This enduring style's name comes from the triangle (or "A" shape) between the narrow bodice and outer edges of the wide, smooth skirt. Suitable for a variety of fabrics, the A-line is versatile: It may or may not have a seam at the waist, which may be higher or lower than the natural waistline; and the close-fitting bodice may be strapless or have any type of neckline. Flatters most body shapes including petites and full figures, bad for almost no one.
The cropped bodice of the Empire style flatters the small-breasted and thick-waisted woman; the raised waist creates a long line, ideal for a petite bride. The skirt may be straight, slightly flared, or even as wide as an A-line.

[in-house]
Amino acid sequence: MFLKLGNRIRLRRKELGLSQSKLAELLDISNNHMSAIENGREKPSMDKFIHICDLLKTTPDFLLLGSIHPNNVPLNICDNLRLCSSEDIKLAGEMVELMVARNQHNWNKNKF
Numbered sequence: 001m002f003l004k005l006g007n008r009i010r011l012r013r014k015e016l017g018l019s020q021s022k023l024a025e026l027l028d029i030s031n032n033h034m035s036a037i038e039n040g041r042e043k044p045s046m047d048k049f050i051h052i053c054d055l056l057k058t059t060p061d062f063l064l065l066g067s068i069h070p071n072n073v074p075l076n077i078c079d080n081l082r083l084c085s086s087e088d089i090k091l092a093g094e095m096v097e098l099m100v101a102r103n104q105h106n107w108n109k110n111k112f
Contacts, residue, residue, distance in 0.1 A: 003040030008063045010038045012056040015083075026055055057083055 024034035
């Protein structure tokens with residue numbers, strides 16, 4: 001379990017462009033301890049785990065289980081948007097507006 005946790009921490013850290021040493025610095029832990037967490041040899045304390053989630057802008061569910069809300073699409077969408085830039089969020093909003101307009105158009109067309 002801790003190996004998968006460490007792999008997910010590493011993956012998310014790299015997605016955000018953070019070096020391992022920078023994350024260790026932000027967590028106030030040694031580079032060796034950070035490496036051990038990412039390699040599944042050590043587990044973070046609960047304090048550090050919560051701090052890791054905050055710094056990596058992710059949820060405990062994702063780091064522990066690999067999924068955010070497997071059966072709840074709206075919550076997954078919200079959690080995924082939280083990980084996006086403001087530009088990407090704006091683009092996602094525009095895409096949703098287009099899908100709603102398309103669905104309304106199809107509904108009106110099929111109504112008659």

If you are comfortable with showing off your curves, consider the slyly constructed sheath, popularized in the 1950s by Marilyn Monroe. This body-hugging profile is artfully sculpted with darts, tucks, and seams. The effect will differ depending on the weight and drape of the fabric. A great choice for a tall, slim-hipped woman, the sheath is equally becoming to a petite, slender bride. Avoid this style if you have wide hips but narrow shoulders.
A body-hugging shape silhouette with skirt flares out either at the knee or just below it. Flatters the tall and hourglass figures, not recommend for the pear shape.